In James O. Goldsborough's "Wagnerian prelude to healing" (Commentary, April 16), he writes: "For many Jews the link between [19th-century German composer Richard] Wagner and the Nazis is direct, and thus has Wagner's music been shunned since the founding of Israel… . Wagner was an anti-Semite, as were many Europeans of that time, but to get from anti-Semitism to the Holocaust is a disconnected step."

While the themes of Wagner's operas were distasteful to many because of their exaltation of German racial purity, later practiced to the extreme by Nazi Germany, the major objection to Wagner arises not from his music, but from his obscene racist writings.

His publications were not merely anti-Semitic, but established a blueprint for the destruction of European Jewry by the Nazi regime. Wagner demanded that Germany be cleansed of any racial impurities, particularly Jews, by means including extermination.

Is there any reason why Jews should consider that the line from Wagner to Hitler to the Holocaust is direct and that the music of that composer should not be performed in a nation, Israel, that includes many Holocaust survivors? The answer is obvious.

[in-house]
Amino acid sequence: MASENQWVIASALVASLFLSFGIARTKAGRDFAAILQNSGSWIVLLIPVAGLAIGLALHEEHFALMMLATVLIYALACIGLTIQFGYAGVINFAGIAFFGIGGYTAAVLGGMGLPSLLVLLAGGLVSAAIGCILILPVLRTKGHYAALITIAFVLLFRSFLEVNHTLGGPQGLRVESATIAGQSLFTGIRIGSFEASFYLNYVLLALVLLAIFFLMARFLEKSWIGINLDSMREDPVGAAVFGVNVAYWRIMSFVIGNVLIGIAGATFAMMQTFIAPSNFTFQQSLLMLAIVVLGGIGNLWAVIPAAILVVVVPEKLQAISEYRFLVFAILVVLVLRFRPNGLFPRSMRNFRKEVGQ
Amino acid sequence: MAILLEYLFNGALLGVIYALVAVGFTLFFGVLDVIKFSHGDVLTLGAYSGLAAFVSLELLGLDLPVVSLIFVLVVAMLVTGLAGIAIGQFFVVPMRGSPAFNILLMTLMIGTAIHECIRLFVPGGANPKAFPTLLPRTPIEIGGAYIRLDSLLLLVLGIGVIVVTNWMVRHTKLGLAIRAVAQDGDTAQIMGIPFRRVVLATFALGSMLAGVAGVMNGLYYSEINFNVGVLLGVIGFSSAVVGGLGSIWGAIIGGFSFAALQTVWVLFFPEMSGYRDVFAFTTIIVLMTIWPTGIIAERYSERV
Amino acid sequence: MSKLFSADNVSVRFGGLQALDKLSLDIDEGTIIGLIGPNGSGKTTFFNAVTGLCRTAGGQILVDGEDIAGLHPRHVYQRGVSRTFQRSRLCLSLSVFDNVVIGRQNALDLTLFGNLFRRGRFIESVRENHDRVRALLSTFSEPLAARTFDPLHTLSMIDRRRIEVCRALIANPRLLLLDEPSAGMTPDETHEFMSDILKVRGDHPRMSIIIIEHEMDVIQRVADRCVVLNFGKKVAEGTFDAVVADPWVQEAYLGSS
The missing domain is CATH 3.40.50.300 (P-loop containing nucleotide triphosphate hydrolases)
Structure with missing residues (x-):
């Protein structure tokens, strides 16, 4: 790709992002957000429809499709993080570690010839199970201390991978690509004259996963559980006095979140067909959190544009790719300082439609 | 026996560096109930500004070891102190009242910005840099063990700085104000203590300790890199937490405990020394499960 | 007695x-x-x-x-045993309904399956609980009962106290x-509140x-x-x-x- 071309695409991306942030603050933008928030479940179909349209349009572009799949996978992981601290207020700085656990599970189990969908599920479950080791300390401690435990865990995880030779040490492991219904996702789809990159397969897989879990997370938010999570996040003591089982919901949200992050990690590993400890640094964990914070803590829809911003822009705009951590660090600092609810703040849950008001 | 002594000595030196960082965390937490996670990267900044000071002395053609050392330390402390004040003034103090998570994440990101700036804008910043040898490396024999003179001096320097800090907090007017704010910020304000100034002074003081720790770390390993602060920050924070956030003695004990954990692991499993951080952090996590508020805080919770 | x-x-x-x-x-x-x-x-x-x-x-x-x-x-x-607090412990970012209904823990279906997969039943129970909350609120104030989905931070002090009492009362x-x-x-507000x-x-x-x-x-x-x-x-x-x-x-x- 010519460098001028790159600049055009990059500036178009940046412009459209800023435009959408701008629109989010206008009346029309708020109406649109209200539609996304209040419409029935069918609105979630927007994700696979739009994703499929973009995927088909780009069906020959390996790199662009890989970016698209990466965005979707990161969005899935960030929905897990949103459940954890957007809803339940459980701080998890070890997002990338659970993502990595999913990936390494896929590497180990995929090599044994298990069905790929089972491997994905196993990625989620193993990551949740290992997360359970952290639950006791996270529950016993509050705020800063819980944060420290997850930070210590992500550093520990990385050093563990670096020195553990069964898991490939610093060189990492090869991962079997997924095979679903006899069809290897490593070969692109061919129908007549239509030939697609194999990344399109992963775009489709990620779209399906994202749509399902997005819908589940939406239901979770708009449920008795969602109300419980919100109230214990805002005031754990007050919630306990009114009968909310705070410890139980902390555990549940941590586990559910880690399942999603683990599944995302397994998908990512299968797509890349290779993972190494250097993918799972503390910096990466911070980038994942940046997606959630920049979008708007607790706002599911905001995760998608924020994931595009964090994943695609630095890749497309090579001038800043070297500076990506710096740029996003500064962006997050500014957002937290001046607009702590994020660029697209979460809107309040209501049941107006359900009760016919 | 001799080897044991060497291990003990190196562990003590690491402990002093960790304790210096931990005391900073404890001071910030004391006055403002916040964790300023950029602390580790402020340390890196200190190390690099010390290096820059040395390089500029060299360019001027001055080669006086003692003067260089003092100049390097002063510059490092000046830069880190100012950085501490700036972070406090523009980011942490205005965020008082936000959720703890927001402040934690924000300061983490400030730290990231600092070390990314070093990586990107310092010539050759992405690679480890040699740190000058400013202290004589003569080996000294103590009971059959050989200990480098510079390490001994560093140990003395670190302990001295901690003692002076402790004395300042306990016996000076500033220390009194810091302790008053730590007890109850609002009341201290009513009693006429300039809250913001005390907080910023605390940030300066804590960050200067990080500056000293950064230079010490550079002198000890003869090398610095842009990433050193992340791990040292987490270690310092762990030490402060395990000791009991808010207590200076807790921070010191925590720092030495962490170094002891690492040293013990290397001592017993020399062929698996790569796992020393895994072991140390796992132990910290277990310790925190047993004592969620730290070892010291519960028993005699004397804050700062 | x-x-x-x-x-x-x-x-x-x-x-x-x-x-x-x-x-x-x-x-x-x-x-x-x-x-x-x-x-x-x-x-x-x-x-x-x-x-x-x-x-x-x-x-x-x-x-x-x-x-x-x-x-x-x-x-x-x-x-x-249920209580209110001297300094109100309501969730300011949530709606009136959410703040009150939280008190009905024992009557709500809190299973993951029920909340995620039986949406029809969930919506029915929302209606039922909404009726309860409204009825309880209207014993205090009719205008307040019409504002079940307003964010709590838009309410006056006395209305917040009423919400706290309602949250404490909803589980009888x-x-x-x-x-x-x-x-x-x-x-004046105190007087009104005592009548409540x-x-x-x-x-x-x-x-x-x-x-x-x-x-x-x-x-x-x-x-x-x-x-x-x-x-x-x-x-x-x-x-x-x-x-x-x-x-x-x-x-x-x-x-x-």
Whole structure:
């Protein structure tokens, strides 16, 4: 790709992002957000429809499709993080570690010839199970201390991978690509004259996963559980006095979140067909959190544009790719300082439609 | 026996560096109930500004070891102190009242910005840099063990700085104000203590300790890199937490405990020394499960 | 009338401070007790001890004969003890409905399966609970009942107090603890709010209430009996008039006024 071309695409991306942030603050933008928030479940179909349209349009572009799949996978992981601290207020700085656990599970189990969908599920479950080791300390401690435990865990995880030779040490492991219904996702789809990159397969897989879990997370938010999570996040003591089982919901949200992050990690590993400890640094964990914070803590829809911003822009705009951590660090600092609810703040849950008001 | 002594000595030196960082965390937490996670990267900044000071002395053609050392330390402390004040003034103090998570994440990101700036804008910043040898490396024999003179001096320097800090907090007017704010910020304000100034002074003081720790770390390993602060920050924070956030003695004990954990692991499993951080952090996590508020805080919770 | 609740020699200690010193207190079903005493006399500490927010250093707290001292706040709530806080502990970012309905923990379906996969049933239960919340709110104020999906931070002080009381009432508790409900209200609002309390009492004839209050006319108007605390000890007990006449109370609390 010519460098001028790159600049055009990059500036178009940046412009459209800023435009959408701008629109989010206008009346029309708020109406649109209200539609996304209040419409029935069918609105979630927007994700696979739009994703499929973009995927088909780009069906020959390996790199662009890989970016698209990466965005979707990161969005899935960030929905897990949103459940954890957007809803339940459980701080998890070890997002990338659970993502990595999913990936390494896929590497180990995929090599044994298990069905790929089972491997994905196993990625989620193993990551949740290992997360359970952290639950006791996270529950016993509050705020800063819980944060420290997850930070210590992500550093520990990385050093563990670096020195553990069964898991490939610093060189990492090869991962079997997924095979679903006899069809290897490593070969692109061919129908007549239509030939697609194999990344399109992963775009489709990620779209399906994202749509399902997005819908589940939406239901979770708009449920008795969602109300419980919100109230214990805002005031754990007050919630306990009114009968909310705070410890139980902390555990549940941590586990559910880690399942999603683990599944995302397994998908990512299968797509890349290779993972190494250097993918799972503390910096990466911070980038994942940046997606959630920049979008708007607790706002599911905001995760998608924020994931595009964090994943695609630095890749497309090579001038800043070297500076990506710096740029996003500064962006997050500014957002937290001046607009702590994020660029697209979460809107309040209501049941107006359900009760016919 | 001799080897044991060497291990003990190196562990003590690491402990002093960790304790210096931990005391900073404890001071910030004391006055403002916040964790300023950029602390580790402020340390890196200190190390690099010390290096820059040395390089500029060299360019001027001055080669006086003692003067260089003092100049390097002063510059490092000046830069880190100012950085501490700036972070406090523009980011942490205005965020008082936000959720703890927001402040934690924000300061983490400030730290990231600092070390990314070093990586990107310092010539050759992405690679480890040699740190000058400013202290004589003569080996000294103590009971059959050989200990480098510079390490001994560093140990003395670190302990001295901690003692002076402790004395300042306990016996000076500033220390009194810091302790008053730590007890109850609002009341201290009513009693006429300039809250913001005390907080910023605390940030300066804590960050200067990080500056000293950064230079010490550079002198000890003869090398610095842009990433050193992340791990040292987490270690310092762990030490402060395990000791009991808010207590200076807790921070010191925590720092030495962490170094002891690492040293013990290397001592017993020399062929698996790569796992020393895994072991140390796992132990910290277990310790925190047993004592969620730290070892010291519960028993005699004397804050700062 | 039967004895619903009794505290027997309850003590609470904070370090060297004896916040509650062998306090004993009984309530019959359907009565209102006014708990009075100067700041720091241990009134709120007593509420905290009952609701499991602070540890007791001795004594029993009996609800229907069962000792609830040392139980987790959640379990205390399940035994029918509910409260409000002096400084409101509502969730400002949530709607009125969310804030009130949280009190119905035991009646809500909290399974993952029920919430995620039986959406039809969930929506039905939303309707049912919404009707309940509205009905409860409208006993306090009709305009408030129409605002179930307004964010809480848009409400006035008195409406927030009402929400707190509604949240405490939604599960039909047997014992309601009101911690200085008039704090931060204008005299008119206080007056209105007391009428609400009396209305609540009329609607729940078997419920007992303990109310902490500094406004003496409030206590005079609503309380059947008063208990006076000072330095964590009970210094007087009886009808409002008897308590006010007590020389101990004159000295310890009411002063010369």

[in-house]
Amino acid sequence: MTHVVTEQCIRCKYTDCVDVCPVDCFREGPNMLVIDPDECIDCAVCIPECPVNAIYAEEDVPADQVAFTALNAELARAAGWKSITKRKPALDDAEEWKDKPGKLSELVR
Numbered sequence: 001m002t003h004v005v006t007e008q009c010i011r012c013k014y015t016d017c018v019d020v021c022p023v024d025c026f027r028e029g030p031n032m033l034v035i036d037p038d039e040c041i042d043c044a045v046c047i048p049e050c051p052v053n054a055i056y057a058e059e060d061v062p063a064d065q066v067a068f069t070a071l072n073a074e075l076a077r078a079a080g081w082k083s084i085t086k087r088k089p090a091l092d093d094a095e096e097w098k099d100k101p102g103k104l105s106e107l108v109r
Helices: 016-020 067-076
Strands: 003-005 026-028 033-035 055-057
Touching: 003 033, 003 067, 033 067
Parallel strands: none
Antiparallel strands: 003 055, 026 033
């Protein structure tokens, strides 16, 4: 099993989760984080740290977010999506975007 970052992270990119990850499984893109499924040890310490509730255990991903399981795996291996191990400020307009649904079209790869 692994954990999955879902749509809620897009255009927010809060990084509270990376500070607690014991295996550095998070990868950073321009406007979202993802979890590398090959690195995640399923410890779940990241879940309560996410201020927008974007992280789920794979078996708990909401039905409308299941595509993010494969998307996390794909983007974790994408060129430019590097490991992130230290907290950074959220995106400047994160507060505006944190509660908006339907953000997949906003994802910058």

NELSON MARANS

Silver Spring

House bill calls for a U.N. rapid deployment force

A debate over U.S. financial contributions to U.N. peacekeeping operations may be overdue ("Burdens of peacekeeping," Editorial May 21), but not nearly as much as the need for an effective U.N. rapid-deployment force that could reduce dramatically all expenses associated with such operations.

U.S. policy makers could lower our "burden sharing" to only 10 percent and still be paying 10 times the amount needed if we fail to change the current approach to peacekeeping. Enormous cost savings could be realized by the creation of a volunteer U.N. Rapid Deployment Police and Security Force, as outlined in House Resolution 4453.

This bill, recently introduced by Reps. Jim McGovern, John Edward Porter and Constance A. Morella urges the United Nations to create an effective 6,000-man volunteer force that can be dispatched within two weeks following authorization by the Security Council. If such a force had been available in the weeks leading up to the genocide in Rwanda, more than $2 billion in humanitarian assistance could have been saved. It's estimated a rapid-response force could have operated for six months at a cost of $100 million. Instead, six months passed, and 800,000 died before peacekeeping operations began. Then we again stood by while the butchering in Kosovo, East Timor and Sierra Leone took place.

It's shameful that lessons learned have not been applied, but those at the United Nations are not to blame. Failure primarily is the result of a few powerful policy makers on Capitol Hill. There have been more than 140 instances of genocide, claiming the lives of more than 22 million people since the world said "never again" after the horrors of the Jewish Holocaust in 1945. HR 4453 is the first step in finally following through on that historical declaration.